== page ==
The Atlantic Slave Trade: A Census

Couverture
University of Wisconsin Press, 1969 - 338 pages

Curtin combines modern research and statistical methods with his broad knowledge of the field to present the first book-length quantitative analysis of the Atlantic slave trade. Its basic evidence suggests revision of currently held opinions concerning the place of the slave trade in the economies of the Old World nations and their American colonies.

“Curtin’s work will not only be the starting point for all future research on the slave trade and comparative slavery, but will become an indispensable reference for anyone interested in Afro-American studies.”—Journal of American History

“Curtin has produced a stimulating monograph, the product of immaculate scholarship, against which all past and future studies will have to be judged.”—Journal of American Studies

“Professor Curtin’s new book is up to his customary standard of performance: within the limits he set for himself, The Atlantic Slave Trade could hardly be a better or more important book.”—American Historical Review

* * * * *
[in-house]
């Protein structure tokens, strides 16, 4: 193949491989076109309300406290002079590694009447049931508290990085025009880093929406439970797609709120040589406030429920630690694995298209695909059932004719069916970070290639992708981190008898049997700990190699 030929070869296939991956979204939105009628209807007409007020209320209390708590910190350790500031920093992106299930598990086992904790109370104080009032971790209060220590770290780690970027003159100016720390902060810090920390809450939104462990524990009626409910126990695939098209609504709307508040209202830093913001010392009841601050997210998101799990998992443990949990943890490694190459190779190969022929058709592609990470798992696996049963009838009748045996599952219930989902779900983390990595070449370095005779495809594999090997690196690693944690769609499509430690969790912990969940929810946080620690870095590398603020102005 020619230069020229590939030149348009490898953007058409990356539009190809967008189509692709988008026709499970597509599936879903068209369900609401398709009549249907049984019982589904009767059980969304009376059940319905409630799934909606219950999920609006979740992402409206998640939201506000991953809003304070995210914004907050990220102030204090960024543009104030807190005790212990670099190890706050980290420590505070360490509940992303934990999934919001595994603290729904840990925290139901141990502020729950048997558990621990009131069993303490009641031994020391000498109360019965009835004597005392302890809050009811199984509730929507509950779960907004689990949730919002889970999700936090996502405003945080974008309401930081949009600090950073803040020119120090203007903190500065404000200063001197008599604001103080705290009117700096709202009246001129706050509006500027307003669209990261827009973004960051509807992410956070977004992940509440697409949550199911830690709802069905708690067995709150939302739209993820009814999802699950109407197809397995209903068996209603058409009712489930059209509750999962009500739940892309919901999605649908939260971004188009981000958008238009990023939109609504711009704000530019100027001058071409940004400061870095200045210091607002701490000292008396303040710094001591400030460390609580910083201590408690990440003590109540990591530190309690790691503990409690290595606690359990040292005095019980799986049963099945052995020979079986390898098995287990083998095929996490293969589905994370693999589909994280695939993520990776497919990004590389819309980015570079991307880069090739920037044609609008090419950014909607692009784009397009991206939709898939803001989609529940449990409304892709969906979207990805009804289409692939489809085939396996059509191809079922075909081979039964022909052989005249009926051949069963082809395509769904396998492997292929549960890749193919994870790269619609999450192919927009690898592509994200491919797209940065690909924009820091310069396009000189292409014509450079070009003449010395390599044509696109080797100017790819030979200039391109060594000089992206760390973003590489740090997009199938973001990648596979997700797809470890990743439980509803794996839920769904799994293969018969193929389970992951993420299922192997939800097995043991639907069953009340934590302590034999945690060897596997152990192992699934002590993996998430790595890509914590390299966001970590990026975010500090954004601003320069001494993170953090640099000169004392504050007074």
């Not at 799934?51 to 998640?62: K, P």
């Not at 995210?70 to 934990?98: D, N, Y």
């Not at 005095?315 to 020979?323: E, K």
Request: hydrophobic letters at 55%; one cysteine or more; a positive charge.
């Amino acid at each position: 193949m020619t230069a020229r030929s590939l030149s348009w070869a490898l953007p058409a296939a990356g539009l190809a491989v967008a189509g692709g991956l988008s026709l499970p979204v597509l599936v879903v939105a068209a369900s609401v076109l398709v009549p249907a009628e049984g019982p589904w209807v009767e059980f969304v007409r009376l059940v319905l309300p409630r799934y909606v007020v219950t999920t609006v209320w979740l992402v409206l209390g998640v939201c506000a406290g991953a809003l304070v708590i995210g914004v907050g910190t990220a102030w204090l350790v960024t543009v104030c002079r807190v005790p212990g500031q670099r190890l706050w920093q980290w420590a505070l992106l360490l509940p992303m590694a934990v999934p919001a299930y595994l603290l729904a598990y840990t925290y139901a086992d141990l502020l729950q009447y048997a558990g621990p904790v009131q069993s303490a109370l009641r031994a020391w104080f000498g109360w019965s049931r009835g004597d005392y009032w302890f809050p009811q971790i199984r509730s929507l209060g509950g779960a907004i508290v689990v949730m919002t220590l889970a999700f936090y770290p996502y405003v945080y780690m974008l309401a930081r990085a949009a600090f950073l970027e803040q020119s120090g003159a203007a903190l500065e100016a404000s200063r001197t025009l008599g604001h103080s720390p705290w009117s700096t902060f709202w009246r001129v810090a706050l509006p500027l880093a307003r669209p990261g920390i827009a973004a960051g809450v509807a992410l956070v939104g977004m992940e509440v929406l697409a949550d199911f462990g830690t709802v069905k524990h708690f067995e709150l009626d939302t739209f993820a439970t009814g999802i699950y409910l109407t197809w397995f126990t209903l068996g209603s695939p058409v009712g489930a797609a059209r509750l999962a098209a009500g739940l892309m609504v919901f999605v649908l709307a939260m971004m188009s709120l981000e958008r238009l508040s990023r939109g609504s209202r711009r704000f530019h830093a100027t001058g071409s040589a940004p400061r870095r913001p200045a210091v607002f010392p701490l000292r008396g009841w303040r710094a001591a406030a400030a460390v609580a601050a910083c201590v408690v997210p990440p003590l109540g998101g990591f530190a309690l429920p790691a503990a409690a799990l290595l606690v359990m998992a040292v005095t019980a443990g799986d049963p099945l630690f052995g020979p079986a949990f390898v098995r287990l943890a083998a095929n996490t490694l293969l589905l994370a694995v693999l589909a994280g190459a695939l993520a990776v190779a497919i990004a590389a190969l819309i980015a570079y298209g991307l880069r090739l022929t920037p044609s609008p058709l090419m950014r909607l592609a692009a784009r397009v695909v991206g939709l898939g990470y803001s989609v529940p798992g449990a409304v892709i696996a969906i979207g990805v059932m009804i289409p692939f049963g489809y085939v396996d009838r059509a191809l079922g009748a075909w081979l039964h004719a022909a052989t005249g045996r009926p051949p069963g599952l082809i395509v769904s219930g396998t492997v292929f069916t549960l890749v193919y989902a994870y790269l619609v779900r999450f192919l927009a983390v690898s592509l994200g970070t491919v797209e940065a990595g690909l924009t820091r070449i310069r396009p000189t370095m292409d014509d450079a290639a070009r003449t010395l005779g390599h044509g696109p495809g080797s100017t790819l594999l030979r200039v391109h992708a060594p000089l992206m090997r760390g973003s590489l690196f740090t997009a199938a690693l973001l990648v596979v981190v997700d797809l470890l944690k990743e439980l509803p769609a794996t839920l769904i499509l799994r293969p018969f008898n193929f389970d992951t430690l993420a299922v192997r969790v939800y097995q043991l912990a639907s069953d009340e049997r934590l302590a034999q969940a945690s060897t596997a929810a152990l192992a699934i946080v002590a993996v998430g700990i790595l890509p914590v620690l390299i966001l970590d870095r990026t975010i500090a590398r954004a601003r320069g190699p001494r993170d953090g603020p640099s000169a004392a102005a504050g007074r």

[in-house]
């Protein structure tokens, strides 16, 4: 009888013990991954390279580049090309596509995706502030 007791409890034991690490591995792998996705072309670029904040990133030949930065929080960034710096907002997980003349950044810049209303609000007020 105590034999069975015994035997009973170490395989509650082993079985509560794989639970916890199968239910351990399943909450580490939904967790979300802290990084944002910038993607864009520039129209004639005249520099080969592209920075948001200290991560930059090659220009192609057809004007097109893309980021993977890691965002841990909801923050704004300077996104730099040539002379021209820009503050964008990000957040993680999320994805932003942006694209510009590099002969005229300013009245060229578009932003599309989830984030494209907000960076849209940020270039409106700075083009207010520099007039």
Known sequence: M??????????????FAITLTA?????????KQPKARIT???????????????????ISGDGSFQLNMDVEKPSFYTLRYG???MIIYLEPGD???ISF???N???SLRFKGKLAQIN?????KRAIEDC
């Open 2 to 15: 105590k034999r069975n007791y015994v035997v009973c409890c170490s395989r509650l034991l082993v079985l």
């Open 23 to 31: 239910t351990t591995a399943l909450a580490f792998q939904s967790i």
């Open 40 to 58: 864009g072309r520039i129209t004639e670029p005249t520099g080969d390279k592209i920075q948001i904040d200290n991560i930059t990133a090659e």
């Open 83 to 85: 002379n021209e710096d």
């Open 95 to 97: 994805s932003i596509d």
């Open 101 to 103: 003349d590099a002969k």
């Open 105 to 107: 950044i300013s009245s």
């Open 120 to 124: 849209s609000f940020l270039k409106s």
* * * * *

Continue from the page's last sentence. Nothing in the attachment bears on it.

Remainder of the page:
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LibraryThing Review

Avis d'utilisateur  - gregdehler - LibraryThing

Much has been written on the subject of slavery in American since this book was published in 1969, but it still stands as a seminal work in the development of that critical historiography. Consulter l'avis complet

LibraryThing Review

Avis d'utilisateur  - haeesh - LibraryThing

A statistical survey; not for general reading. It has become a bit dated, though for shear weight of statistical data on the Slave Trade it can't be beat and is widely used by many authors. Consulter l'avis complet

Table des matières

A Review
3
The Hispanic Trade
15
Main Currents of the EighteenthCentury Slave Trade
205
Droits d'auteur

3 autres sections non affichées

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Expressions et termes fréquents

À propos de l'auteur (1969)

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Philip D. Curtin (1922–2009) was author of The Image of Africa and Two Jamaicas. He edited Africa Remembered, a collection of narratives by former slaves and others involved in the slave trade. He was a member of the Department of History at the University of Wisconsin from 1956–1975. From 1975 until the time of his death, he was a member of the faculty of Johns Hopkins University.

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